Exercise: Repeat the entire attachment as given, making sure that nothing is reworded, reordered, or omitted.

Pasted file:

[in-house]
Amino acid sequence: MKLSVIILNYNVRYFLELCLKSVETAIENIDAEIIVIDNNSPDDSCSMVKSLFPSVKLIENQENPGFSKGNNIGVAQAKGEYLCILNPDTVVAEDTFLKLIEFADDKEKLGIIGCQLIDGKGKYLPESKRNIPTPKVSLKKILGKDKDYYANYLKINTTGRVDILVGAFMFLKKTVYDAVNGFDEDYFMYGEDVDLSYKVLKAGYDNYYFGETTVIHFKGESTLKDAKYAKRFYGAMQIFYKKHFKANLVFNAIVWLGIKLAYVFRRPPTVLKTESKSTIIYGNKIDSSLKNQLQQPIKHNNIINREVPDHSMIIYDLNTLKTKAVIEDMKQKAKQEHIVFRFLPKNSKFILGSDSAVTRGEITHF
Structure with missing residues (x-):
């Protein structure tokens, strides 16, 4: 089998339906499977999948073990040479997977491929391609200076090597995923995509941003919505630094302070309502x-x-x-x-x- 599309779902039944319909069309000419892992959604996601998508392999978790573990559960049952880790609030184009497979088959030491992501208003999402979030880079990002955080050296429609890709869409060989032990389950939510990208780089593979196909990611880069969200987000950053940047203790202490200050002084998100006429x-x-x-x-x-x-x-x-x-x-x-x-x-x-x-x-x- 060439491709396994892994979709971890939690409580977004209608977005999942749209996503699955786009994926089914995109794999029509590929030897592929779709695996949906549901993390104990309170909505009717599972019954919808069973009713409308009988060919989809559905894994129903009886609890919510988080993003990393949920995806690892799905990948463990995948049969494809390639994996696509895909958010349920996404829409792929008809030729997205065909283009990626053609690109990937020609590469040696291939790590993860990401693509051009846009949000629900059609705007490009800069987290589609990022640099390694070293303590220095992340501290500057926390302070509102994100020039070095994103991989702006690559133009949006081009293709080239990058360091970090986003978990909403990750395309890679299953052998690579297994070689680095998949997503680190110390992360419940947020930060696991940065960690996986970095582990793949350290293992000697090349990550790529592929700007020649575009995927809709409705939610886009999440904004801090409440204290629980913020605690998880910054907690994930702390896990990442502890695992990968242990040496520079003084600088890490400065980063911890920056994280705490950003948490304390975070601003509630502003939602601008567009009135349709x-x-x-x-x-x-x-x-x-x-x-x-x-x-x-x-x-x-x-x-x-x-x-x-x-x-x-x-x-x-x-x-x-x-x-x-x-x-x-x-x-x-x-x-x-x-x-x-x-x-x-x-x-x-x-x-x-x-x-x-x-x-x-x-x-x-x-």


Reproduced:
[in-house]
Amino acid sequence: MKLSVIILNYNVRYFLELCLKSVETAIENIDAEIIVIDNNSPDDSCSMVKSLFPSVKLIENQENPGFSKGNNIGVAQAKGEYLCILNPDTVVAEDTFLKLIEFADDKEKLGIIGCQLIDGKGKYLPESKRNIPTPKVSLKKILGKDKDYYANYLKINTTGRVDILVGAFMFLKKTVYDAVNGFDEDYFMYGEDVDLSYKVLKAGYDNYYFGETTVIHFKGESTLKDAKYAKRFYGAMQIFYKKHFKANLVFNAIVWLGIKLAYVFRRPPTVLKTESKSTIIYGNKIDSSLKNQLQQPIKHNNIINREVPDHSMIIYDLNTLKTKAVIEDMKQKAKQEHIVFRFLPKNSKFILGSDSAVTRGEITHF
Structure with missing residues (x-):
């Protein structure tokens, strides 16, 4: 089998339906499977999948073990040479997977491929391609200076090597995923995509941003919505630094302070309502x-x-x-x-x- 599309779902039944319909069309000419892992959604996601998508392999978790573990559960049952880790609030184009497979088959030491992501208003999402979030880079990002955080050296429609890709869409060989032990389950939510990208780089593979196909990611880069969200987000950053940047203790202490200050002084998100006429x-x-x-x-x-x-x-x-x-x-x-x-x-x-x-x-x- 060439491709396994892994979709971890939690409580977004209608977005999942749209996503699955786009994926089914995109794999029509590929030897592929779709695996949906549901993390104990309170909505009717599972019954919808069973009713409308009988060919989809559905894994129903009886609890919510988080993003990393949920995806690892799905990948463990995948049969494809390639994996696509895909958010349920996404829409792929008809030729997205065909283009990626053609690109990937020609590469040696291939790590993860990401693509051009846009949000629900059609705007490009800069987290589609990022640099390694070293303590220095992340501290500057926390302070509102994100020039070095994103991989702006690559133009949006081009293709080239990058360091970090986003978990909403990750395309890679299953052998690579297994070689680095998949997503680190110390992360419940947020930060696991940065960690996986970095582990793949350290293992000697090349990550790529592929700007020649575009995927809709409705939610886009999440904004801090409440204290629980913020605690998880910054907690994930702390896990990442502890695992990968242990040496520079003084600088890490400065980063911890920056994280705490950003948490304390975070601003509630502003939602601008567009009135349709x-x-x-x-x-x-x-x-x-x-x-x-x-x-x-x-x-x-x-x-x-x-x-x-x-x-x-x-x-x-x-x-x-x-x-x-x-x-x-x-x-x-x-x-x-x-x-x-x-x-x-x-x-x-x-x-x-x-x-x-x-x-x-x-x-x-x-």